• Place the 3D picture control terminal or local variable wherever you want to refresh the scene.

Refer to the 3D Model of Solar System VI in the labview\examples\Graphics and Sound\3D Picture Control directory for an example of configuring a scene camera and a scene window.

Displaying Data on a 3D Model

You can map real-world data onto a 3D model using free sensors and NI-DAQmx channels. Use the Sensor Mapping Express VI to wire an array of data values that represent sensors you configure in the Configure Sensors dialog box. For example, if you have a NI-DAQmx task that includes two channels and you also place two free sensors on a 3D model, LabVIEW expects the data values input as daqsensor1, daqsensor2, freesensor1, and freesensor2. LabVIEW allocates space for every channel in a NI-DAQmx task if you place at least one NI-DAQmx channel on the 3D model. Refer to the NI-DAQmx Help for more information about using NI-DAQmx channels.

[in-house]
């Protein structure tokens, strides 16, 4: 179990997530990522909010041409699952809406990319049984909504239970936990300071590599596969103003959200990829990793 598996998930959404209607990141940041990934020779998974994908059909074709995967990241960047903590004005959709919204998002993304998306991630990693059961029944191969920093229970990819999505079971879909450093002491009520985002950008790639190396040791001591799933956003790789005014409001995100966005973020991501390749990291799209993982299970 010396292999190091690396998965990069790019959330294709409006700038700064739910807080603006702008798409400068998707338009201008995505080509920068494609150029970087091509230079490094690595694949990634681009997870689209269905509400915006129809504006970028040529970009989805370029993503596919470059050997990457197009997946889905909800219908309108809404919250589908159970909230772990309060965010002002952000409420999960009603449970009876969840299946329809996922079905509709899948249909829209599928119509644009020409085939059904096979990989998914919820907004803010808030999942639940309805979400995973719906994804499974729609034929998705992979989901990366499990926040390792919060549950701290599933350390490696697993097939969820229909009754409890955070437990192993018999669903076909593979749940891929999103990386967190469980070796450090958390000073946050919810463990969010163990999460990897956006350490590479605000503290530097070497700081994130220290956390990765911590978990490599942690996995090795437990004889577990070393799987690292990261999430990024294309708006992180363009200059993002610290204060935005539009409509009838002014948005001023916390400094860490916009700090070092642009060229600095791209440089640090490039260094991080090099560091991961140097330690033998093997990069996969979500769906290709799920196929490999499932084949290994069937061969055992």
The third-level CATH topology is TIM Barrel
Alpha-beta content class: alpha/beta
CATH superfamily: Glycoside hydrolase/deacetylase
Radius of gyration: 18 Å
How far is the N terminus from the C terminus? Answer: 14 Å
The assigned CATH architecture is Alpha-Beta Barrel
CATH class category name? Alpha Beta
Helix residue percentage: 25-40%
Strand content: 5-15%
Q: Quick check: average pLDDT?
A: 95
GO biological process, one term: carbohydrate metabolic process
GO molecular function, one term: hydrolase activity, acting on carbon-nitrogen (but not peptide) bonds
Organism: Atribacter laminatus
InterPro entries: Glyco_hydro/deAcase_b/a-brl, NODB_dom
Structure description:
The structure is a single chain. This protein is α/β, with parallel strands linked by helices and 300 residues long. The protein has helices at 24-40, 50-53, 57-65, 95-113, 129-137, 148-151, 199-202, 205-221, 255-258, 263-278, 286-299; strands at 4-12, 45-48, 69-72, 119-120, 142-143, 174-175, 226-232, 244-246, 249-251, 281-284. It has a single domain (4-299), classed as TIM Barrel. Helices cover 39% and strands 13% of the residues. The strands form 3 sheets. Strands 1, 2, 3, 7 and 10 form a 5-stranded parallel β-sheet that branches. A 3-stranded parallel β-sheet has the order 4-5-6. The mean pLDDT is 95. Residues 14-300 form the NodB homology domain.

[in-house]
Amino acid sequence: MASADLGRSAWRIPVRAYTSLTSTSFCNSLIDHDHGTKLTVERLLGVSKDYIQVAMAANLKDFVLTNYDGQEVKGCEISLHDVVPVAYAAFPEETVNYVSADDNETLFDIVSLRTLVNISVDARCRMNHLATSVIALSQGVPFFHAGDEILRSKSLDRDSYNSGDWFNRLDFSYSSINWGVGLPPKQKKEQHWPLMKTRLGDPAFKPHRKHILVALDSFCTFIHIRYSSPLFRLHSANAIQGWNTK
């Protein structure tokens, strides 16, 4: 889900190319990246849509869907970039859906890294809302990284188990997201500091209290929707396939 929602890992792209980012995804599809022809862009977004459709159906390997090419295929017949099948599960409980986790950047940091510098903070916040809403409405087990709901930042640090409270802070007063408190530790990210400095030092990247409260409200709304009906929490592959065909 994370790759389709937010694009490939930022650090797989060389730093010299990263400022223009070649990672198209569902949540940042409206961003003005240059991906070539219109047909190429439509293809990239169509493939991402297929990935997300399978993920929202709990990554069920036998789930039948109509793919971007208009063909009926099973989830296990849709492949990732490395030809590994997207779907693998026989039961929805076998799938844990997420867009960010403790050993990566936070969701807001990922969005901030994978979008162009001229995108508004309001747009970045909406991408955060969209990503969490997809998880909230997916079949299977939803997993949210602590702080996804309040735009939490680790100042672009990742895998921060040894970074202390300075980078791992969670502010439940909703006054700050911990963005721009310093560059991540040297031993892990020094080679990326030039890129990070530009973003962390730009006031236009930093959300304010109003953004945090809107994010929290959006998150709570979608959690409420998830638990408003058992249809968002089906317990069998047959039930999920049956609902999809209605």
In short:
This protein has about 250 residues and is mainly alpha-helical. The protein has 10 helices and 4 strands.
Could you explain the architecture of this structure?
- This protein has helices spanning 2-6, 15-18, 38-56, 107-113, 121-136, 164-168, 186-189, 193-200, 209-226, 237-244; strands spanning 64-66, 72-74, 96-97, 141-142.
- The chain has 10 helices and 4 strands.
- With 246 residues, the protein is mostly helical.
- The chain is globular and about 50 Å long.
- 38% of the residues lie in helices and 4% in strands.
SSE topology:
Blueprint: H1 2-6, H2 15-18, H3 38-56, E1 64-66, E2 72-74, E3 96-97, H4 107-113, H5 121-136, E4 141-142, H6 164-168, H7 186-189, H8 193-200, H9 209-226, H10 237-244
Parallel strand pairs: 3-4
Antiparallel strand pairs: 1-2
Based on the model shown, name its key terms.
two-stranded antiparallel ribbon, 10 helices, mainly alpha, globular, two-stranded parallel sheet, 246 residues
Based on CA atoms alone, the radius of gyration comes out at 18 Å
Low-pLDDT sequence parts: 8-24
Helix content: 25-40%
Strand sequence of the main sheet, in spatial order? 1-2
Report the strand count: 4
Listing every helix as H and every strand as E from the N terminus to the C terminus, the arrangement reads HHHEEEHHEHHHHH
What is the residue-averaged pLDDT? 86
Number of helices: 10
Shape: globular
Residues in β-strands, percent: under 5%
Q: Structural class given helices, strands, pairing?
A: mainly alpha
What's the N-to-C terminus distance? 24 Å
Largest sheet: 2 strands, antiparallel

Note  You can create a NI-DAQmx task using the DAQ Assistant Express VI. However, the Sensor Mapping Express VI cannot retrieve the channels from the DAQ Assistant Express VI. You can wire the data to the Sensor Values input of the Sensor Mapping Express VI. Map the channels onto the 3D model by right-clicking the 3D model to place the sensors.

Wire a 3D picture control to the Scene Ref Output of the Express VI. The data you wire to the Express VI appears on the 3D model. The sensors you place on the 3D model affect the color of the 3D model at the sensor point according to the data value the sensor represents.